How to Harness Your Anxiety
Anxiety has long been one of the most feared enemies in our emotional canon. We fear its arrival, feel helpless and trapped under its spell, and grant it power to overtake us in new, exciting and challenging situations. But what if we’ve been going about it all wrong?
Research shows that anxiety can actually be a pathway to our best selves. A range of new neuroscience, along with ideas from ancient philosophy, Charles Darwin, early social scientists and positive psychology, have all pointed in this direction.
A large-scale study from the University of Wisconsin in 2012 demonstrated that how we think about anxiety and stress can change how those feelings impact us. Regardless of actual stress levels, the less harmful you believe the feeling is, the less harmful it will be. “Our minds aren’t passive observers simply perceiving reality,” the Stanford research scientist Alia Crum explained in a speech at, of all places, the World Economic Forum. “Our minds actually change reality. In other words the reality we will experience tomorrow is in part a product of the mind-sets we hold today.”
Here are three ways to tap into anxiety as a resource.
1. Think of anxiety as a signal
You don’t have to like the experience of anxiety to use it effectively. It’s designed to be uncomfortable so you pay attention and do what you need to make it stop. Much like a baby’s cry, anxiety lets you know there is an issue that needs addressing. Just as you try to figure out why the baby is in distress and resolve it, you must work to determine what your anxiety is trying to tell you. Once you determine that and start executing solutions, you’ll notice the anxiety begins to dissipate.
2. Label the feeling to steer your experience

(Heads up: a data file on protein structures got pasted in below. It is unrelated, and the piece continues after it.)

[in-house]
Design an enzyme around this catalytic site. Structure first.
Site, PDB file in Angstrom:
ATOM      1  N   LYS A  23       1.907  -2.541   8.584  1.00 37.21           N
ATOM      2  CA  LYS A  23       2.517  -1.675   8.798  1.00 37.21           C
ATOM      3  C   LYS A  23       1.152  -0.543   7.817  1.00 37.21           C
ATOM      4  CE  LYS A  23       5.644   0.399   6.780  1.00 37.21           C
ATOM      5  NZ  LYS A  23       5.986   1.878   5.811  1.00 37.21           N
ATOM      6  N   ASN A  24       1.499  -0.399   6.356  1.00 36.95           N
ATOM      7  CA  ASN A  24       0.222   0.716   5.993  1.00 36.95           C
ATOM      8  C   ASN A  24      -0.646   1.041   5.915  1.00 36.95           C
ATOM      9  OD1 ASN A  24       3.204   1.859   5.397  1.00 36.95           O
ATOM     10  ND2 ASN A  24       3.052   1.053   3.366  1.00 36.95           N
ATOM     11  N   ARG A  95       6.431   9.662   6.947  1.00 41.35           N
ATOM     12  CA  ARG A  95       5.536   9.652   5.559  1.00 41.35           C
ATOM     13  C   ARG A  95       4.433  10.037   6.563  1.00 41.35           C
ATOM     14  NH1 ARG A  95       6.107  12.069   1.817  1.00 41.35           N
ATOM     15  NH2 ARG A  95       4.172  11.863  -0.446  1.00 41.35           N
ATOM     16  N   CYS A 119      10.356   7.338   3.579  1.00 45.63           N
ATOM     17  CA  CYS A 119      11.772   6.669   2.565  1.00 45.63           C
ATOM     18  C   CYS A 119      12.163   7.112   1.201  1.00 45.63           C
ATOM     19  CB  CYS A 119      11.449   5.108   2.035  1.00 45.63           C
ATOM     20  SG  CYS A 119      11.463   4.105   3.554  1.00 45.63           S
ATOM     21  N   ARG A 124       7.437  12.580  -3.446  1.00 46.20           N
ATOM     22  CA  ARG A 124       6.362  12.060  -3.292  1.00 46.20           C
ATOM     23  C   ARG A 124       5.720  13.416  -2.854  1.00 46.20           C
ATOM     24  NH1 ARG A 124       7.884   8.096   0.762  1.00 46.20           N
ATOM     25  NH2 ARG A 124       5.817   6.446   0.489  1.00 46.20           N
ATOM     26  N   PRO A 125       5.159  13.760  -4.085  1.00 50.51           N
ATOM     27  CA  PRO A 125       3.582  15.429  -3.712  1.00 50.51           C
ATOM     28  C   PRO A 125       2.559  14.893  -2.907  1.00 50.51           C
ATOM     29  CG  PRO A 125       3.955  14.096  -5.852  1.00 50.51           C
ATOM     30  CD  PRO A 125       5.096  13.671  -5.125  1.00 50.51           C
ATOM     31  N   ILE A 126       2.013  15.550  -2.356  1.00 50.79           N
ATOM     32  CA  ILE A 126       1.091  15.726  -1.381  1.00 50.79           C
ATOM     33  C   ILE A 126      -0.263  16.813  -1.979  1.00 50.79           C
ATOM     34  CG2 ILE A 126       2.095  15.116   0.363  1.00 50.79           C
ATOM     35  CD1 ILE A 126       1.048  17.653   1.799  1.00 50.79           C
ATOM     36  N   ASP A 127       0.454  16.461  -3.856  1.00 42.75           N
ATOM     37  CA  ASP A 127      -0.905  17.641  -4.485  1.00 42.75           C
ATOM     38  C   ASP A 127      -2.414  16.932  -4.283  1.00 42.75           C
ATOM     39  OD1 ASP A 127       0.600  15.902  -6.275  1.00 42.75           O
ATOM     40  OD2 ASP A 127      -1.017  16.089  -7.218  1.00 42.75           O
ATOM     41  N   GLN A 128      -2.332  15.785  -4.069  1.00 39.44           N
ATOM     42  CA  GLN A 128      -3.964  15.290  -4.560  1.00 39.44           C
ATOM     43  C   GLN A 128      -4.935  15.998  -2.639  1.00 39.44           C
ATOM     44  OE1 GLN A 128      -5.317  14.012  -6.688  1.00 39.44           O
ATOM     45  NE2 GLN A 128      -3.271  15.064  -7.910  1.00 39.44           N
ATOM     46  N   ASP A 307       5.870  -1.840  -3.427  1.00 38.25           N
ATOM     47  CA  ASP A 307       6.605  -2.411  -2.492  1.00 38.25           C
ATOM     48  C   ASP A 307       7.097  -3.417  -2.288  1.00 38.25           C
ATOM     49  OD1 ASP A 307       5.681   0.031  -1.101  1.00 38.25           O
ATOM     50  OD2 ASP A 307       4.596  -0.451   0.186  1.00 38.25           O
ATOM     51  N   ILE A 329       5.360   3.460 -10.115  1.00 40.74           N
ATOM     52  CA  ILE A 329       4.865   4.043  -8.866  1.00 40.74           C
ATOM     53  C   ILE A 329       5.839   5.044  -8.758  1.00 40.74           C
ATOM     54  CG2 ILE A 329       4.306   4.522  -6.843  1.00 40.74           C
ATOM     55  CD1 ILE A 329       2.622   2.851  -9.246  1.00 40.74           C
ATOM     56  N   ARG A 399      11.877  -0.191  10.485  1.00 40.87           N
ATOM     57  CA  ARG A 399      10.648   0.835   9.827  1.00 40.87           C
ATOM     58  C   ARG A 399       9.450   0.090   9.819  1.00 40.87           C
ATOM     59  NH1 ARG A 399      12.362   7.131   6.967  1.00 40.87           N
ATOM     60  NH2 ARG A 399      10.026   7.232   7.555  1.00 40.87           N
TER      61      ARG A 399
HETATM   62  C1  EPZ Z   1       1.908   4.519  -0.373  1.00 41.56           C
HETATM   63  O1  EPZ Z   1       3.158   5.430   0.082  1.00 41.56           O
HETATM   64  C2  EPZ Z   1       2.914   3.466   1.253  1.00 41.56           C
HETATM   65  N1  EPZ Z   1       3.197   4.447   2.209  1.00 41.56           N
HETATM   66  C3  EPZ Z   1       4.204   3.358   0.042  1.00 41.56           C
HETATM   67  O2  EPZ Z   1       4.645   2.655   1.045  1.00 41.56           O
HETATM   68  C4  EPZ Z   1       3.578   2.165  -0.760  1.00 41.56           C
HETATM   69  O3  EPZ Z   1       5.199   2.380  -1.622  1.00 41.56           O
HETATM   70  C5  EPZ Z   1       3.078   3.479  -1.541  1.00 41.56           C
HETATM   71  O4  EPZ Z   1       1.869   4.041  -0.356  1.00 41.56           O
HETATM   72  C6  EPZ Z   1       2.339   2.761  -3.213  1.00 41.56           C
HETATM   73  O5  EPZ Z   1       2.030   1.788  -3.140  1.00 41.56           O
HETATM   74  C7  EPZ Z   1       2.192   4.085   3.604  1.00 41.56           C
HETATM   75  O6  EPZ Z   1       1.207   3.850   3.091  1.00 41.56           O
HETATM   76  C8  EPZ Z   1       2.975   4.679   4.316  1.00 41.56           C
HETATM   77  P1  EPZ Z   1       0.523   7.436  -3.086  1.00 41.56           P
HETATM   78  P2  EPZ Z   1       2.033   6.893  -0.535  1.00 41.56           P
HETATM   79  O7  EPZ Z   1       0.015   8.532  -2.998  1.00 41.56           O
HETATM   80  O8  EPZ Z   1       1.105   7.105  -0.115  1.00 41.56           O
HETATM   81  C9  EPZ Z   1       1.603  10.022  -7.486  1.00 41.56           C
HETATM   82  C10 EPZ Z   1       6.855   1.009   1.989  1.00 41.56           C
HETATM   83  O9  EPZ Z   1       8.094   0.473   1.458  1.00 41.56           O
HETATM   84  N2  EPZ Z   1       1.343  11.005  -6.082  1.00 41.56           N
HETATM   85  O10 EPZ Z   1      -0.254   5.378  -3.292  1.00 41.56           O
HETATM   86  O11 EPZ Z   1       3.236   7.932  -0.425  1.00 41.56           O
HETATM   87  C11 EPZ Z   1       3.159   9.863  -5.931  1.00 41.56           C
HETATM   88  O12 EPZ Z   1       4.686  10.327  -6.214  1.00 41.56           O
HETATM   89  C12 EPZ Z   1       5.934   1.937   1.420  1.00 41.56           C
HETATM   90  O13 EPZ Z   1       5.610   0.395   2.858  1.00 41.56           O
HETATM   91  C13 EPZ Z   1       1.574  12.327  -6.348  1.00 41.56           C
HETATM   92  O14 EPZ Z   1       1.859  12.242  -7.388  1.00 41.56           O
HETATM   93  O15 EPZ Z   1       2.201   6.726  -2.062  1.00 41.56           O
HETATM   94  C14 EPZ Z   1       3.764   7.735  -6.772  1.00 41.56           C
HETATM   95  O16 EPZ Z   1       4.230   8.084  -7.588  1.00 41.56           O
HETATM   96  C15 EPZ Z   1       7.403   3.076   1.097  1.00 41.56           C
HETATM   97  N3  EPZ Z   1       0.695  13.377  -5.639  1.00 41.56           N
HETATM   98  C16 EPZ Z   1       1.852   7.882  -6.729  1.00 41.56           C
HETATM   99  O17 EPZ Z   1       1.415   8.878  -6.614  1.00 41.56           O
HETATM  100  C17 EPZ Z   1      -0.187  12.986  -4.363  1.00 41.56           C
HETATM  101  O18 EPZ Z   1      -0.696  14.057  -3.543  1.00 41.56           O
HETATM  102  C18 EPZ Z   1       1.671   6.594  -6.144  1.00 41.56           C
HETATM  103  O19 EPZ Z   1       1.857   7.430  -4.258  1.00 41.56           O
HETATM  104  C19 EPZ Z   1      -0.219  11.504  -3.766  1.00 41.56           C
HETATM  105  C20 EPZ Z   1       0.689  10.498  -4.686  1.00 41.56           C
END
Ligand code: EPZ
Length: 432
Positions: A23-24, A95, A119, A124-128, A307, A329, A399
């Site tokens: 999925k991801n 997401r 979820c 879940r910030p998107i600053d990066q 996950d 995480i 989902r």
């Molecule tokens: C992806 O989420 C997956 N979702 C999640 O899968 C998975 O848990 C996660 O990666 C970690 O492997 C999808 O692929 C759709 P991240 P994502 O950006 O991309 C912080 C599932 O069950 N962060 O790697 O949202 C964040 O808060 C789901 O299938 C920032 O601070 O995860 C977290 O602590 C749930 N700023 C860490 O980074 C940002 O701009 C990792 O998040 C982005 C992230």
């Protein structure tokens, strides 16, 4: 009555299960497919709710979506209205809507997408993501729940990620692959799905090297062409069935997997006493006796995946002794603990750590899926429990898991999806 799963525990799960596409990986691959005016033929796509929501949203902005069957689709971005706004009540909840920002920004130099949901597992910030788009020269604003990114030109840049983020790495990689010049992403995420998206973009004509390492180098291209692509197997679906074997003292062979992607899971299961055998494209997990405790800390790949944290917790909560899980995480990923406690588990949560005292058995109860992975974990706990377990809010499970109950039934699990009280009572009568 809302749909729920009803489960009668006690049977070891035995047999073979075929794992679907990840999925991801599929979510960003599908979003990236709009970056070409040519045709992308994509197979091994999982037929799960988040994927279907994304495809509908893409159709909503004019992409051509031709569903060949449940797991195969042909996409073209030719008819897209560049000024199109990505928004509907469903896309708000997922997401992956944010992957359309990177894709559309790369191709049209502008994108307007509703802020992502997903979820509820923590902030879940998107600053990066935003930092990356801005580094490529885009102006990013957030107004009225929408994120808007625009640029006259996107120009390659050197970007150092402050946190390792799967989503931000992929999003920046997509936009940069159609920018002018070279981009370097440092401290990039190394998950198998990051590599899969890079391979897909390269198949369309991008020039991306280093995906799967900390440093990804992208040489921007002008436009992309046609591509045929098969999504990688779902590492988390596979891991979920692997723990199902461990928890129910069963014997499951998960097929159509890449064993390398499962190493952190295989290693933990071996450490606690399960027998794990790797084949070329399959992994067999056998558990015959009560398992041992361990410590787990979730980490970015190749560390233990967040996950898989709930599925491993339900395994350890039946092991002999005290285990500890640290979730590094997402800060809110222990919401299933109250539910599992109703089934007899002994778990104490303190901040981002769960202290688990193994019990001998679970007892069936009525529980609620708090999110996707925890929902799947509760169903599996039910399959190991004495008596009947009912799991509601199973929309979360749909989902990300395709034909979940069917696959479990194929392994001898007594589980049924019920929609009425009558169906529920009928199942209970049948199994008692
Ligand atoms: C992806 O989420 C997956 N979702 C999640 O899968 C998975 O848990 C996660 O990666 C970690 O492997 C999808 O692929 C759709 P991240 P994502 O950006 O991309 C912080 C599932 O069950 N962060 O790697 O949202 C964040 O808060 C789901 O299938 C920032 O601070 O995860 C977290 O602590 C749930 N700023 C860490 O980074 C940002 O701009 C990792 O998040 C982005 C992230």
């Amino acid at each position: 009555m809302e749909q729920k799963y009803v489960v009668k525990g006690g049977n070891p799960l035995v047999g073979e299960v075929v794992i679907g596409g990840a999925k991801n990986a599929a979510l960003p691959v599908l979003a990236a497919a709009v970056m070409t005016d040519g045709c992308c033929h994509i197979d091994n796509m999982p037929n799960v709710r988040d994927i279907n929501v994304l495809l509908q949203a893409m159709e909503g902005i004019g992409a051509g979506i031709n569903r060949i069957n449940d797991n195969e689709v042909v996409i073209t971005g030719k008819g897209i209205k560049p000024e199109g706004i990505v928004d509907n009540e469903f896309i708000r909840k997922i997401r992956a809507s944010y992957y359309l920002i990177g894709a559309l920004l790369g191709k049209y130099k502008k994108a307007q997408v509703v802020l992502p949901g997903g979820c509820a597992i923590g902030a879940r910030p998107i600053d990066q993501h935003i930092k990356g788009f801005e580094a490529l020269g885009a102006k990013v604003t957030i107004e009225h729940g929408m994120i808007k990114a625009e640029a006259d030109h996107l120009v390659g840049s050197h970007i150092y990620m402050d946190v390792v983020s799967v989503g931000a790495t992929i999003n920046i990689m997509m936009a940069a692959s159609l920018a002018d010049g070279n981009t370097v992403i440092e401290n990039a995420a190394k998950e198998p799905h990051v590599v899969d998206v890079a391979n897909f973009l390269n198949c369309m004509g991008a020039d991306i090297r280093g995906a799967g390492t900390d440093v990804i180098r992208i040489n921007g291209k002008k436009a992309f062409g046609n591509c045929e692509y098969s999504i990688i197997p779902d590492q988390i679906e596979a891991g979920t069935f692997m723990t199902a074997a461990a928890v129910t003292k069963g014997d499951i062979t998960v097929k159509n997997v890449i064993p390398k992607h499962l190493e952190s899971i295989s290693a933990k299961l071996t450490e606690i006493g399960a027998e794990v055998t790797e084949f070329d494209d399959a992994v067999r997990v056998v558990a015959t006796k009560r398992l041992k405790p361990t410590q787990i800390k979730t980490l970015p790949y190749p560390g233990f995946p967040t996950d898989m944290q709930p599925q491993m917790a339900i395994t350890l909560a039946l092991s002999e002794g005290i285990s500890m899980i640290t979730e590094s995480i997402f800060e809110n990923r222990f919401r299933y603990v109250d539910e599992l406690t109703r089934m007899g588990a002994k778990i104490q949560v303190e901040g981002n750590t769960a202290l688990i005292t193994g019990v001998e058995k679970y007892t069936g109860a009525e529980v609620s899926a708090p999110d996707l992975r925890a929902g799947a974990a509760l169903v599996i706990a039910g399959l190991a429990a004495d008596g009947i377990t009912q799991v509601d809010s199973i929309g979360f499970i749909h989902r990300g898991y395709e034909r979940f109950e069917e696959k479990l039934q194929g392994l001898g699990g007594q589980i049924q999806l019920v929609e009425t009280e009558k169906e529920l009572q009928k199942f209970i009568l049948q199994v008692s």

Naming anxiety — and then renaming it — allows you to process its message rather than just react to its discomfort. This reduces distress and activates better emotional regulation, problem solving and planning.
How you label your experience is 100 percent in your control. You can then channel anxiety into a resource you can use to your advantage.
A moderate amount of anxiety promotes optimal functioning, even if the unexpected energy might throw you off. If you understand what anxiety is trying to do, you don’t have to view — and treat — it as an enemy. Anxiety about meeting a deadline, for example, can fuel the focus and energy we need to meet it, especially when tired and prone to distraction. Anxiety keeps us on our toes and focused. In our noisy, busy lives, it is often simply a call to pay attention to the thing that needs our attention.
What this new research and approach offers is something we could all use a bit more of when it comes to anxiety: hope.
Taking charge of your mind-set, your emotional labeling and your behavior is how you partner with anxiety and reclaim control.
Excerpted from “How to Harness Your Anxiety” by Dr. Alicia Clark, psychologist and author of “Hack Your Anxiety: How to Make Anxiety Work for You in Life, Love, and All That You Do.” Read the full article online in The New York Times.
Source: The New York Times | How to Harness Your Anxiety, https://www.nytimes.com/2018/10/16/well/mind/how-to-harness-your-anxiety.html |© 2018 The New York Times Company
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